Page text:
Click HERE to see all objects from the collection of Jaap Best in the Theatercollectie catalogue.
Jaap Best at work on his collection.
Photo: archive of De Piste.
The Linssen collection
The Linssen collection
HJJ (Herman) Linssen lived and worked throughout his professional life as a civil-law notary in Weert. From an early age, he had a great interest in the circus and he has built a collection around this theme. The importance of this collection is recognised at home as well as abroad. The Linssen Collection regularly supplies illustrations for historical circus publications and for exhibitions at home and abroad. The collection consists of 3,000 books, 12,500 circus programs, 33,000 posters, 50,000 photographs, slides and postcards. In addition, the collection includes magazines relating to the circus and the entertainment business since 1945, scrapbooks with clippings, 1,300 prints, printed advertising materials, admission tickets, leaflets and stationery from various circus companies. It also includes a Letellier sub-collection on predator dressage as well as correspondence between Herman Linssen and Jaap Best, another important collector in this field, from the years 1963 to 2002. The material is available in the Theatercollectie’s catalogue and has largely been digitised. Date: 1765–2010, size: 50 metres.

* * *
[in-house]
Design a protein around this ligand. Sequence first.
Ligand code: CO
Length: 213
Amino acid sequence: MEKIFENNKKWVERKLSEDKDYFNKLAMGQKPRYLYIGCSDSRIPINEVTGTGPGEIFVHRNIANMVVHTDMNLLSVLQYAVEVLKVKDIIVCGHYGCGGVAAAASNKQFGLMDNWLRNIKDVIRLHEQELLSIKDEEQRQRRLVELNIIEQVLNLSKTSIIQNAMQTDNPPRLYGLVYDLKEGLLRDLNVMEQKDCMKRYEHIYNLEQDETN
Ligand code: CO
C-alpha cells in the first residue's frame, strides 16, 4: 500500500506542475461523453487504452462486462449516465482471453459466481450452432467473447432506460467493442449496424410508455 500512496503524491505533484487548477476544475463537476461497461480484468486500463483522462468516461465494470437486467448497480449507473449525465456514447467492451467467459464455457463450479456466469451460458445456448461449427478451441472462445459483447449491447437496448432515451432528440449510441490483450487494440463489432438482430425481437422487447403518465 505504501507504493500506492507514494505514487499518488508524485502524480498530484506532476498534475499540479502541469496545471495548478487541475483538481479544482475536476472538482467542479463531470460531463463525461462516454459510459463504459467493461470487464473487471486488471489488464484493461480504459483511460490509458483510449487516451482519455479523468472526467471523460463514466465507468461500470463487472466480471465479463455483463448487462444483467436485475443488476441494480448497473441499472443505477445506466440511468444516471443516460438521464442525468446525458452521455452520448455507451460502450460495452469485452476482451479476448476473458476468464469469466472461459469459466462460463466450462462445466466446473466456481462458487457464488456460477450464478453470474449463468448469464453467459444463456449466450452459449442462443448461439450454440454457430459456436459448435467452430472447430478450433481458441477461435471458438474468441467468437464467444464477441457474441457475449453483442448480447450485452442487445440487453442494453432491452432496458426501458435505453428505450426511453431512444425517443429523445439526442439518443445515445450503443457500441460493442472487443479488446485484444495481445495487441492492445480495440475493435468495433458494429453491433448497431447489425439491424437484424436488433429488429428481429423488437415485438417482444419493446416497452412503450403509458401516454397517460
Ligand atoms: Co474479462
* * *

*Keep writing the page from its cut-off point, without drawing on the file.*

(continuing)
Click HERE to see all objects from the collection Herman Linssen in the Theatercollectie catalogue.
Video: Herman Linssen and his circus collection
Adolph Friedländer’s poster collection